The Fit Student—How to Snare Secrets

Would you fib to nudge a friend to spill secrets?  A white lie may coax a secret but leave you feeling low-down.  Yet, loads of people lie.

For instance, I confessed to a store clerk I could hardly swim—just dog paddle and backstroke.   She admitted she couldn’t swim either.  We giggled.  So, I let it slip I use life jackets when swimming indoors.  She howled and said she used water wings.  But minutes later, she let on to a customer that she had her level six swimming.  She had duped me.  So now, I safeguard my secrets when she says “Hi.”

Yet detectives and corporate competitors bait secrets with lies.  Lies are loathsome, aren’t they?  So, how do flattery and gifts—the sweet stuff—fare for coaxing secrets?

I love to flatter females, not to bait secrets, but to build rapport.   If I spot a positive trait about a person, it’s my task to share the kudos.  After all, a kind word can change a life.  I love to buy gifts, too.  One year I went gung-ho gift-giving, but only one friend gave in return.  The adage that gifts beget gifts didn’t hold.  Yet, giving feels great.

But offering flattery or gifts to snare secrets sickens me.  So does offering sexuality.  One woman used sexuality to win over clients.  A pal urged me to learn her tactics.  But I’d rather learn from a saint without a single client.

But sometimes baiting secrets is ethical.  Do you plan to become a psychologist, detective, police officer, or teacher?  If so, David Craig shows how to lure people to share secrets in his book Unlocking Secrets: How to Get People to Tell You Everything:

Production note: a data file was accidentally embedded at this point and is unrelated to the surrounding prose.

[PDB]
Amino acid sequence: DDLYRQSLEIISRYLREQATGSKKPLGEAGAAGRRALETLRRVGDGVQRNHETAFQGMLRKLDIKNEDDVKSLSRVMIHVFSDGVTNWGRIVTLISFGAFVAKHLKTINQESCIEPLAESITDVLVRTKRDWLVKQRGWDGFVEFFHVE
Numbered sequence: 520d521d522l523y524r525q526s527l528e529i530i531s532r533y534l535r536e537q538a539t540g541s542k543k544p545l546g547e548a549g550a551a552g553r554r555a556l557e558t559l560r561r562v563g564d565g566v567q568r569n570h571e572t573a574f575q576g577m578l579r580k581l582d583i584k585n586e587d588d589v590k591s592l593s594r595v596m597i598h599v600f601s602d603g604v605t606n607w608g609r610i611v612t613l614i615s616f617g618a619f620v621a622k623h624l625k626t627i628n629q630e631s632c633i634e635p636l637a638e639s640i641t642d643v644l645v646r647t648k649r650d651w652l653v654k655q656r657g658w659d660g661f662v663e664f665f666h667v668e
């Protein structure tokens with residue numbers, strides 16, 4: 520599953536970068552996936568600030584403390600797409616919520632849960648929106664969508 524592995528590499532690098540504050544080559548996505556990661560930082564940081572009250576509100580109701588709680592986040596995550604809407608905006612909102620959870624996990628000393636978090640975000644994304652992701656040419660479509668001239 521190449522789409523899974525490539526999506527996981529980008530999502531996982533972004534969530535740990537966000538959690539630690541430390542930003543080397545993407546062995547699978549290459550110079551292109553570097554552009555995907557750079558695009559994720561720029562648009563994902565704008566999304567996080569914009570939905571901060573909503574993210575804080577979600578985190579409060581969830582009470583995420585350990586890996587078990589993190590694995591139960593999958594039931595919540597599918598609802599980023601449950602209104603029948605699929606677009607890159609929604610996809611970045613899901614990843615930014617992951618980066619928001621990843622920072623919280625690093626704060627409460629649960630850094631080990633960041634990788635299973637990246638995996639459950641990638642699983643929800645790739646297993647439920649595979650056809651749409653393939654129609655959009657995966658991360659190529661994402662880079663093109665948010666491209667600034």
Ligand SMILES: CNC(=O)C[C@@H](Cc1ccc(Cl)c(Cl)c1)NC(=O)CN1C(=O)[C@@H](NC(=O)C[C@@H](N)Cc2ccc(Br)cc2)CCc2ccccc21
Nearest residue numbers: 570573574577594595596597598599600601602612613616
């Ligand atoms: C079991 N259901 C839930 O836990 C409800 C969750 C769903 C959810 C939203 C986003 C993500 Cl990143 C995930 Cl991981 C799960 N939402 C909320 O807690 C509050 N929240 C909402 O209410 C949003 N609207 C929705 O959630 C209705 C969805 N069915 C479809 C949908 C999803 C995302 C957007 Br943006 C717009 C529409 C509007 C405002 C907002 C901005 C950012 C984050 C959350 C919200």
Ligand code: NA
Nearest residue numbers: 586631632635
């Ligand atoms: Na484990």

• Psychologists often use flattery to snare secrets: “Flattery is difficult to use convincingly as an elicitation line … Flattery should be delivered in small amounts and where possible it should focus on the secret subject area” (location 1485, 55%).
  • But the worst folk lie to tease out secrets: “With the view to accessing hidden information … a company employee … shares a fabricated intimate secret with a friendly competitor to create an impression that the relationship is closer than it actually is” (location 1583, 58%).
  • And the wicked use lies to draw out insider info: “Stan has shared a (false) secret about his company’s research and development budget. This made Simon feel as if the relationship had progressed to the point of sharing confidential information” (location 1648, 61%).
  • So, what lie can the baiter use? “To assist in unlocking a secret, we can give a person some information—of the same or similar kind that we want from the secret keeper” (location 1606, 59%).
  • And how does the baiter coax the secret-keeper to fess up? “Sharing a secret to unlock a secret … you need to pause … forcing the secret-keeper to make a comment about this secret information” (location 1617, 59%).

My boyfriend ranks high on social skills.  People share with him their life’s secrets.  When they do, he offers them ways to cope, dispelling their worries.  But he does this out of love—never with a lie; never with a scheme.

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